name=CentOS-6 - Debuginfo

Turn enable 0 to 1 in the above file
Running the crash utility

[root@localhost ~]# crash /usr/lib/debug/lib/modules/2.6.32-358.el6.x86_64/vmlinux  /var/crash/
crash 6.1.0-5.el6
Copyright (C) 2002-2012  Red Hat, Inc.
Copyright (C) 2004, 2005, 2006, 2010  IBM Corporation
Copyright (C) 1999-2006  Hewlett-Packard Co
Copyright (C) 2005, 2006, 2011, 2012  Fujitsu Limited
Copyright (C) 2006, 2007  VA Linux Systems Japan K.K.
Copyright (C) 2005, 2011  NEC Corporation
Copyright (C) 1999, 2002, 2007  Silicon Graphics, Inc.
Copyright (C) 1999, 2000, 2001, 2002  Mission Critical Linux, Inc.
This program is free software, covered by the GNU General Public License,
and you are welcome to change it and/or distribute copies of it under
certain conditions.  Enter "help copying" to see the conditions.
This program has absolutely no warranty.  Enter "help warranty" for details.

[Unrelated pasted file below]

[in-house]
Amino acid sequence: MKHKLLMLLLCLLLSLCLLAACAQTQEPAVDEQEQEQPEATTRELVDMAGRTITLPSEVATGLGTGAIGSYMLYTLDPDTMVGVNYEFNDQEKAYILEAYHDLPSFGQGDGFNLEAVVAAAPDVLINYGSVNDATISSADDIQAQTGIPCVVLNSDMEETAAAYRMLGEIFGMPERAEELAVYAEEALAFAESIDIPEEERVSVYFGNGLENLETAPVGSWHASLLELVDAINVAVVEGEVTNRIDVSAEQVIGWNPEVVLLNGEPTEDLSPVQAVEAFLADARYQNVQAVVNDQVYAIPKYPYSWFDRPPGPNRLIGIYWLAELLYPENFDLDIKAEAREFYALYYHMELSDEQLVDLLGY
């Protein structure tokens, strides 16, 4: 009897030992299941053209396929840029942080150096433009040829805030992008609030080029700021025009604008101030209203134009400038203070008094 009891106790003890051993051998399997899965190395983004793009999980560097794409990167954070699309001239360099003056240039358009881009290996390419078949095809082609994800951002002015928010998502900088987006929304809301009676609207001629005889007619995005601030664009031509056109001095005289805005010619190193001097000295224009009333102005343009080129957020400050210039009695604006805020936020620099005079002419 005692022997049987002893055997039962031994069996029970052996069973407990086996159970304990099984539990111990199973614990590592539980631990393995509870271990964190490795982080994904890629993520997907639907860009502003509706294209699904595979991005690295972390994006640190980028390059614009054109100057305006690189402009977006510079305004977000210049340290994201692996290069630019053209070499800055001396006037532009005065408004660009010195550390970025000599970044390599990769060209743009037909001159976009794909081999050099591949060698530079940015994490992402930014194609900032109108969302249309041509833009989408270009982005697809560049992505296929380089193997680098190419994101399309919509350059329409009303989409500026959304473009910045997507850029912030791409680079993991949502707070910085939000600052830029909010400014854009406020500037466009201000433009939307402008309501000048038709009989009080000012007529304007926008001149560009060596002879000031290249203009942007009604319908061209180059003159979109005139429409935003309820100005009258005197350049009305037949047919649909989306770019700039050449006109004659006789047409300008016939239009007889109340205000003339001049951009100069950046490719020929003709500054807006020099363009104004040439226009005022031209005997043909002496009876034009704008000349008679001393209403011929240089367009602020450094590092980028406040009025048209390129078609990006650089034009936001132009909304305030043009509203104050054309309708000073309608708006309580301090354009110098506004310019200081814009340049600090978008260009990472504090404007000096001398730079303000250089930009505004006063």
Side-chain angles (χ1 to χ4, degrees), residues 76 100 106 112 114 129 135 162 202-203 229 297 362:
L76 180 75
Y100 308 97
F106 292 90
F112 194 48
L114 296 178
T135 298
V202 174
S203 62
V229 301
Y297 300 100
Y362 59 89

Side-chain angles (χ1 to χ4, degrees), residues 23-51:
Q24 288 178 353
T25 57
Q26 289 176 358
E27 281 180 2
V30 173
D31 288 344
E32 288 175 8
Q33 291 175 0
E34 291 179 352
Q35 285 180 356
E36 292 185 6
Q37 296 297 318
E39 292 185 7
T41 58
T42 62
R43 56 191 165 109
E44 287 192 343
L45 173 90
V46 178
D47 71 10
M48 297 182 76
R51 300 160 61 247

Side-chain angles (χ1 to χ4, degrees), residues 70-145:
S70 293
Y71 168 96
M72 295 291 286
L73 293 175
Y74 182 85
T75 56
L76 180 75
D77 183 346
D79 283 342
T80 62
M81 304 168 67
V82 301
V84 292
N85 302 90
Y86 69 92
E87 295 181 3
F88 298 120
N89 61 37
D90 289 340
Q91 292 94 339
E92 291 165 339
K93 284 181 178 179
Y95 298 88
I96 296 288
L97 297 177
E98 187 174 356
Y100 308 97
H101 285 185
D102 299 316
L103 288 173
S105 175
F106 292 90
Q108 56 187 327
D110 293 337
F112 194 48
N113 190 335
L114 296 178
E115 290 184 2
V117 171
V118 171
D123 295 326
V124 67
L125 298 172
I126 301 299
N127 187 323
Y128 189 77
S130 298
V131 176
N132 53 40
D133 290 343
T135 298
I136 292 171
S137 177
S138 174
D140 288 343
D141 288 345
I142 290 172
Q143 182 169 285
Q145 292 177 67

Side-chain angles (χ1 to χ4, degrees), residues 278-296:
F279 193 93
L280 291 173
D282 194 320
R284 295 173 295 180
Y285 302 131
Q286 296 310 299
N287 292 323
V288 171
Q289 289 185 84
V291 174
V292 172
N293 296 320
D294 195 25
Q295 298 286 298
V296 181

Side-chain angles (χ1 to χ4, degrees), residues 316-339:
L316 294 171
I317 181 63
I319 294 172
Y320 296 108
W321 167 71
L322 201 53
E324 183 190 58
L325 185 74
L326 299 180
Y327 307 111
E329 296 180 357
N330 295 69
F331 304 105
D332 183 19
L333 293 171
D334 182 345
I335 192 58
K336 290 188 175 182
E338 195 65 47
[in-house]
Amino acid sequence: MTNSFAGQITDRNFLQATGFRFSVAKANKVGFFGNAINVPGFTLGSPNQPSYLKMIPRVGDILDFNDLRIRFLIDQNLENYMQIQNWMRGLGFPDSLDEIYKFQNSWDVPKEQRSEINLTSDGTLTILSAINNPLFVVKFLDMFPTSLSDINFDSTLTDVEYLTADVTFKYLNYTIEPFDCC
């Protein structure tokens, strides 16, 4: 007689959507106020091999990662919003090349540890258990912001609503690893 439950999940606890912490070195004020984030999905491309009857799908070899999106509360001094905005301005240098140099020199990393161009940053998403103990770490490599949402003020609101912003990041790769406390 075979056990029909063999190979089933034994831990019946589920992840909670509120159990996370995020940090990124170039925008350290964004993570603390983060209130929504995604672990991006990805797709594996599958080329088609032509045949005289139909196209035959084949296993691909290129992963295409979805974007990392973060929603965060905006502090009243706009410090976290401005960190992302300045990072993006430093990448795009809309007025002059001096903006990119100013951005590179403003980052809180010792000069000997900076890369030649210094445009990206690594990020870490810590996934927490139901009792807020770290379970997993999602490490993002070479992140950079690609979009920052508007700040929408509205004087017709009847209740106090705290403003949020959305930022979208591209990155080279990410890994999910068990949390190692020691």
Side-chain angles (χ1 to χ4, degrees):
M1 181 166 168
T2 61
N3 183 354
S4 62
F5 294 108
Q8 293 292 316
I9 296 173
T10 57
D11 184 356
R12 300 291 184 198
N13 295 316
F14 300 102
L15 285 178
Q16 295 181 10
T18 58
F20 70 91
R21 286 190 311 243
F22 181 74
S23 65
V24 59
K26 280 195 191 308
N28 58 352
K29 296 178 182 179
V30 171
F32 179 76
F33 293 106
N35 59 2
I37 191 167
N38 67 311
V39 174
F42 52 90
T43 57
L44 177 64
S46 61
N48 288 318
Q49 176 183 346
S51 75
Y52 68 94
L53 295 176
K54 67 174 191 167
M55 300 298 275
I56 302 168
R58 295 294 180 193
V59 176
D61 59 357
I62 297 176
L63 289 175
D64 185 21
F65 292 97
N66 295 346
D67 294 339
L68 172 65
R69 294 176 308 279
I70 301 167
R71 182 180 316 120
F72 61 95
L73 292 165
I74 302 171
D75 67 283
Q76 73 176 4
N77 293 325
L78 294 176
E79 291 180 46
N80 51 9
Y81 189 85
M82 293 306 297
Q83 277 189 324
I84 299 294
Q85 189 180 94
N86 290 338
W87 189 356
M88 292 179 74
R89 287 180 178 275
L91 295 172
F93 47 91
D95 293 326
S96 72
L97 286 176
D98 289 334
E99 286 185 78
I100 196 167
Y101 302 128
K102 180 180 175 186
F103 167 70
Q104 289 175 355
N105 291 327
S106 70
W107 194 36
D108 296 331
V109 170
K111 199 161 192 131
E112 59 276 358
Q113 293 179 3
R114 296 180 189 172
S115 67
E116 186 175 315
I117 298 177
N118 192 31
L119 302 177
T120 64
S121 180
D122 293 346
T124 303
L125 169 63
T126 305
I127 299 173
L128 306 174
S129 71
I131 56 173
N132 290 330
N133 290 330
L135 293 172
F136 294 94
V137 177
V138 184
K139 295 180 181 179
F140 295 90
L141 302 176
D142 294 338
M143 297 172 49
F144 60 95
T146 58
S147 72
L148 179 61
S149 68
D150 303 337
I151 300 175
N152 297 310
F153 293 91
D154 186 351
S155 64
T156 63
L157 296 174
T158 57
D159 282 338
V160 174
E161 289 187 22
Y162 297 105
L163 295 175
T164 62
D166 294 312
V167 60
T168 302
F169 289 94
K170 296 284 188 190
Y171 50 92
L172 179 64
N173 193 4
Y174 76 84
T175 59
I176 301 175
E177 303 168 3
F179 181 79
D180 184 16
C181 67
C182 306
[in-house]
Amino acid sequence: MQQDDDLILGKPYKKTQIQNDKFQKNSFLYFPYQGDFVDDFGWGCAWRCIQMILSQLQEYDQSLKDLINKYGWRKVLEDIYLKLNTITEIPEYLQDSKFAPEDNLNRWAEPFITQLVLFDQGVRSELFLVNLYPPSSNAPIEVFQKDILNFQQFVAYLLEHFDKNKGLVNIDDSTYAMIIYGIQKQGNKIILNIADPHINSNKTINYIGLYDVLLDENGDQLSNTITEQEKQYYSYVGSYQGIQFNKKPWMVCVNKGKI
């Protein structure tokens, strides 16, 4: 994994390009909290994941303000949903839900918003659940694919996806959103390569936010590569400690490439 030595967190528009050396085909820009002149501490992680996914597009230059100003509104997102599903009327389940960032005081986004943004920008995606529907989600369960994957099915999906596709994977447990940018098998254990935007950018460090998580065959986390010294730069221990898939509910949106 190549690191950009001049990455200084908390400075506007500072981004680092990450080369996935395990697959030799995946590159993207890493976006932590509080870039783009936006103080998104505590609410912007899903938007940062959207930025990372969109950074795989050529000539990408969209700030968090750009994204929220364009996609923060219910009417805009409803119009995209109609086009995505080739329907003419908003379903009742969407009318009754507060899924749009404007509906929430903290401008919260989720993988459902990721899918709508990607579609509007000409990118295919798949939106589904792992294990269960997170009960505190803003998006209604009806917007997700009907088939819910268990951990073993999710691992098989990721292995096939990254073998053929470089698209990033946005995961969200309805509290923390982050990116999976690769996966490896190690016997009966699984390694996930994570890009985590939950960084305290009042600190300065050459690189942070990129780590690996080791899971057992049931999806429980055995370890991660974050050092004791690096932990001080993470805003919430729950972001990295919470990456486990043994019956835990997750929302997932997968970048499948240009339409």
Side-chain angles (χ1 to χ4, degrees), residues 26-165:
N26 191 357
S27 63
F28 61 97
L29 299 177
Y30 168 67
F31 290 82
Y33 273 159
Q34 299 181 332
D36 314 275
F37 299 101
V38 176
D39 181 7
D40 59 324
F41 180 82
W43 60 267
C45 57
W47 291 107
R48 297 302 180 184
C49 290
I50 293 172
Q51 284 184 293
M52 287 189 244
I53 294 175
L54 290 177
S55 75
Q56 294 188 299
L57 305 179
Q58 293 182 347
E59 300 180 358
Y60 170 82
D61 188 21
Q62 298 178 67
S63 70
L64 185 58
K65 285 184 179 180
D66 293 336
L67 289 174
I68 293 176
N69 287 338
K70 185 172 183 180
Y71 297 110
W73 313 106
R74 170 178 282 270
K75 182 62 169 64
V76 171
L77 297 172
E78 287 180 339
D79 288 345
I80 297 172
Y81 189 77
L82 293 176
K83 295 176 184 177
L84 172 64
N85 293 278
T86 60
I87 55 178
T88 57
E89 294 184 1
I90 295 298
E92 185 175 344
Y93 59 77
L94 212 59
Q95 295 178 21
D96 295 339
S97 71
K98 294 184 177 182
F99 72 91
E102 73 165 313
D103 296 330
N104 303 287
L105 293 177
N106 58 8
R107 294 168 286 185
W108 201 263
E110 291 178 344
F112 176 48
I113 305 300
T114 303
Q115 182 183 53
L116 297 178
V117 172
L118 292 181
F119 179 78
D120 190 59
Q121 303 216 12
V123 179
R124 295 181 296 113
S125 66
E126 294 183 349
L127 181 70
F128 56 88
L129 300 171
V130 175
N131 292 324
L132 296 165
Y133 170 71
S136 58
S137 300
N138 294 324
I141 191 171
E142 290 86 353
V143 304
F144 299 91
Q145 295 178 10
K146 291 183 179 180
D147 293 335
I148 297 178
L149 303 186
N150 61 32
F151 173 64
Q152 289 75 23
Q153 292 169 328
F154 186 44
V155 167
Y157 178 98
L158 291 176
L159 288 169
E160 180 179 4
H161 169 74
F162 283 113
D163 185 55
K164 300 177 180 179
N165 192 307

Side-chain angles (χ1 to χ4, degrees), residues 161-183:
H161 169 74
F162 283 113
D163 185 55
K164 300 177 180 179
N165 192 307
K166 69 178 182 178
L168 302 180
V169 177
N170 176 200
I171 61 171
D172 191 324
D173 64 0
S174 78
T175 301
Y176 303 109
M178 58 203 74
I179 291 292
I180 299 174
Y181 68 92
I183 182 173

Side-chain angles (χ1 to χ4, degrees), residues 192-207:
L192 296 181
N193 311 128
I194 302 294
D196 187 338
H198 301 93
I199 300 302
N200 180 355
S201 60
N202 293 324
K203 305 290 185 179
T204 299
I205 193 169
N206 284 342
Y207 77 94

GNU gdb (GDB) 7.3.1
Copyright (C) 2011 Free Software Foundation, Inc.
License GPLv3+: GNU GPL version 3 or later <>
This is free software: you are free to change and redistribute it.
There is NO WARRANTY, to the extent permitted by law.  Type "show copying"
and "show warranty" for details.
This GDB was configured as "x86_64-unknown-linux-gnu"...
KERNEL: /usr/lib/debug/lib/modules/2.6.32-358.el6.x86_64/vmlinux
DATE: Sun Feb  8 02:25:21 2015
UPTIME: 00:12:43
LOAD AVERAGE: 0.00, 0.01, 0.01
TASKS: 183
NODENAME: localhost.localdomain
RELEASE: 2.6.32-358.el6.x86_64
VERSION: #1 SMP Fri Feb 22 00:31:26 UTC 2013
MACHINE: x86_64  (2594 Mhz)
PANIC: "Oops: 0002 [#1] SMP " (check log for details)
PID: 2482
COMMAND: "bash"
TASK: ffff8800377a7500  [THREAD_INFO: ffff88007ae3c000]
CPU: 0
Displaying the Message Buffer
To display the kernel message buffer, type the log command at the interactive prompt.

crash> log
Initializing cgroup subsys cpuset
Initializing cgroup subsys cpu
Linux version 2.6.32-358.el6.x86_64 ( (gcc version 4.4.7 20120313 (Red Hat 4.4.7-3) (GCC) ) #1 SMP Fri Feb 22 00:31:26 UTC 2013
Command line: ro root=UUID=c7c70914-09c8-475a-b990-07eb728fcbd5 rd_NO_LUKS rd_NO_LVM LANG=en_US.UTF-8 rd_NO_MD SYSFONT=latarcyrheb-sun16 crashkernel=auto  KEYBOARDTYPE=pc KEYTABLE=us rd_NO_DM rhgb quiet